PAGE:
"Luis Buñuel's The Phantom of Liberty was quickly dismissed upon its release in 1974. Not only did it have to contend with the lingering success of 1972's similarly themed but significantly less abstract The Discreet Charm of the Bourgeoisie, but it was quickly followed by the dreamlike, bi–polar romantic entanglement of the director's last film, That Obscure Object of Desire. Like Discreet Charm, the plot–free Phantom of Liberty is a patchwork of comedic sketches and sight gags through which Buñuel ravages a complacent European culture and the various sexual hang–ups and historical and cultural disconnects of its inhabitants. This heady, almost off–putting masterwork isn't particularly easy to decipher (maybe we aren't meant to), which is why it's best to approach it as a literal comedy of manners.
Films structured around daisy chains of dysfunction are a dime a dozen; most, though, are as tiresomely long–winded as they are content with their own strained circularity. This isn't the case with Phantom of Liberty, which begins with a shot of Goya's 1808 masterpiece 'The Third of May.' The painting depicts Napoleon's army executing a group of faceless Spaniards, and via a reenactment of this struggle, Buñuel depicts how one of Napoleon's captains tries to defile the monument of Doña Elvira only to be smacked on the head by the moving arm of the statue of the woman's husband. (He later intends to sleep with the woman's corpse, and when he opens her coffin, he's amazed by how her beauty has been preserved.) It's the first of many sight gags in the film, each and every one as startling as they are perversely funny. All these moments are possessed by a sense of shocked wonderment and discovery, and they all more or less evoke fragile pasts and characters trying to reconcile their historical detachments."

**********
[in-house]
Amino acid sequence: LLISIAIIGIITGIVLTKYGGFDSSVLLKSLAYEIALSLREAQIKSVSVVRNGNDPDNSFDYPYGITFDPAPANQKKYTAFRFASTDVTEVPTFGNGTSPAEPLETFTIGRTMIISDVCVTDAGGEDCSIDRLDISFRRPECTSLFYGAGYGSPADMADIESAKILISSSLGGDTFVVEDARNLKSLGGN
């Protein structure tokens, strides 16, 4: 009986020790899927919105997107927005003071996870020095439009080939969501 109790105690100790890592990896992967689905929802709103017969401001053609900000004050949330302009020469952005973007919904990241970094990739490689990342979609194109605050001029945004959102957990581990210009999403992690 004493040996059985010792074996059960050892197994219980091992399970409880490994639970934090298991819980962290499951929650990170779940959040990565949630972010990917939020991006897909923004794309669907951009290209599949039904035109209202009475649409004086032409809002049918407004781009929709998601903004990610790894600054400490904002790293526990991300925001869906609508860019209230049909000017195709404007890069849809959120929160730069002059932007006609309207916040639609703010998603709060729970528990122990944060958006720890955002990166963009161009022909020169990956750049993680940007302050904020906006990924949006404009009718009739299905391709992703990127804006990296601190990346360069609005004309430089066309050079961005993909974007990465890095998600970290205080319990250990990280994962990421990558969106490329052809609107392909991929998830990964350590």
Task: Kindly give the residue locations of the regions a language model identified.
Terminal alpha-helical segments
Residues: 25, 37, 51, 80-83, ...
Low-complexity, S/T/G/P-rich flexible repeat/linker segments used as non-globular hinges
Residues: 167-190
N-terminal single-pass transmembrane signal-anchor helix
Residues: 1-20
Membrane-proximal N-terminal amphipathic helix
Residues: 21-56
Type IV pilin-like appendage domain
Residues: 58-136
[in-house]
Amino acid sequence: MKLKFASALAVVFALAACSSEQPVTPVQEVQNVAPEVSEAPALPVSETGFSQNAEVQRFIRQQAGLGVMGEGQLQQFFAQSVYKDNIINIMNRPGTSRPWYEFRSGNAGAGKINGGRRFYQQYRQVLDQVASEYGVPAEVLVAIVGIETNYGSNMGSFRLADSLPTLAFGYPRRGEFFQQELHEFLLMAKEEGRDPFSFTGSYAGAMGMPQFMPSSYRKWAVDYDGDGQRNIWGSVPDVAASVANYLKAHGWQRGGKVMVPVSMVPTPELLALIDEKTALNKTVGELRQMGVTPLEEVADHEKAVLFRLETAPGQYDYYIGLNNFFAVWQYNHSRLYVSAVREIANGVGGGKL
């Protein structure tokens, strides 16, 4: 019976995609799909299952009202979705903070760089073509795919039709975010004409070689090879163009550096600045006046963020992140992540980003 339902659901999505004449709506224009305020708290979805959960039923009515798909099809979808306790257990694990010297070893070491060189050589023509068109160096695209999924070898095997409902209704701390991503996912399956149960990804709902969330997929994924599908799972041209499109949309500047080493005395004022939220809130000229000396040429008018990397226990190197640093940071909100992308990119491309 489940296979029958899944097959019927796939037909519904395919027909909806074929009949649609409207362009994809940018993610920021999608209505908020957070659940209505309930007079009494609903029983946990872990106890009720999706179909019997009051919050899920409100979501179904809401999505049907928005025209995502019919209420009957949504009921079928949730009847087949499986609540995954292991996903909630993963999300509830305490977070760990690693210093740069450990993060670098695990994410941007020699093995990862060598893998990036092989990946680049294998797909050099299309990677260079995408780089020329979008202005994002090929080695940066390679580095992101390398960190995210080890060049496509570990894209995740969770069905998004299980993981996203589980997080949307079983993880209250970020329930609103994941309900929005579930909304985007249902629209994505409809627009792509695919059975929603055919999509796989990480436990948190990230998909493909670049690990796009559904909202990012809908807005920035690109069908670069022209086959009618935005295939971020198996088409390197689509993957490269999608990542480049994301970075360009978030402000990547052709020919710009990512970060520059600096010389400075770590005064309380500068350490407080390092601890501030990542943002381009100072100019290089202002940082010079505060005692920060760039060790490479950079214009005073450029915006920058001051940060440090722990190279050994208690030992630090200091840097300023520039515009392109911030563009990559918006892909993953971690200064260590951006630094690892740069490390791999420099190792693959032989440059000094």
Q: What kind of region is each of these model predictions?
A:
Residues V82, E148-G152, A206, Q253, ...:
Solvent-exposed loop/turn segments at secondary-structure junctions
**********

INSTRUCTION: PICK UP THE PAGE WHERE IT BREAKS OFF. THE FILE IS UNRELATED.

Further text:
(Ed Gonzalez, 13 September 2003, Slant Magazine)
Fig.1 "Nazi Generals" sketch from Series 5 Episode 5 of Alas Smith & Jones [http://epguides.com/AlasSmithandJones/].
"'Set fire to your hair, poke a stick at a grizzly bear ... Dumb ways to die ... dumb ways to die–ie–ie.' If the chorus isn't stuck in your head, it will be soon. Melbourne Metro Trains' darkly cute – and irksomely catchy – new ad for transport safety has gone viral, notching up a whopping 4.2 million YouTube views in less than a week. And nobody is more stunned by its success than the man behind the music, Sydneysider Ollie McGill. The Cat Empire keyboards player was commissioned to write the score to accompany lyrics to the McCann Group's new ad and has watched Facebook likes, Twitter shares and YouTube hits skyrocket as word of the animated video has spread like wildfire. ... In the ad, cartoon characters meet their ends in a number of colourful, sardonic ways, including a couple of nasty mishaps on train tracks, while the sweet chorus, 'dumb ways to die ... ' is instant earworm material."
(Daisy Dumas, 19 November 2012, Fairfax New Zealand Ltd.)
"'Pink Flamingos was an antihippie movie made for hippies who would be punks in two years. It's a pothead movie. I wrote it on pot.' – John Waters"
(Jeff Jackson, DreamlandNews)
Fig.1 John Waters (1972). trailer for "Pink Flamingos".
"Buster Keaton is considered one of the greatest comic actors of all time. His influence on physical comedy is rivaled only by Charlie Chaplin. Like many of the great actors of the silent era, Keaton's work was cast into near obscurity for many years. Only toward the end of his life was there a renewed interest in his films. An acrobatically skillful and psychologically insightful actor, Keaton made dozens of short films and fourteen major silent features, attesting to one of the most talented and innovative artists of his time. ...
Often at odds with the physical world, his ability to naively adapt brought a melancholy sweetness to the films. The subtlety of the work, however, left Keaton behind the more popular Chaplin and Lloyd. By the 1930s, the studio felt it was in their best interest to take control of his films. No longer writing or directing, Keaton continued to work at a grueling pace. Not understanding the complexity of his genius, they wrote for him simple characters that only took advantage of the most basic of his skills. For Keaton, as for many of the silent movie stars, the final straw was the advent of the talkies."
(American Masters and The Public Broadcasting Corporation)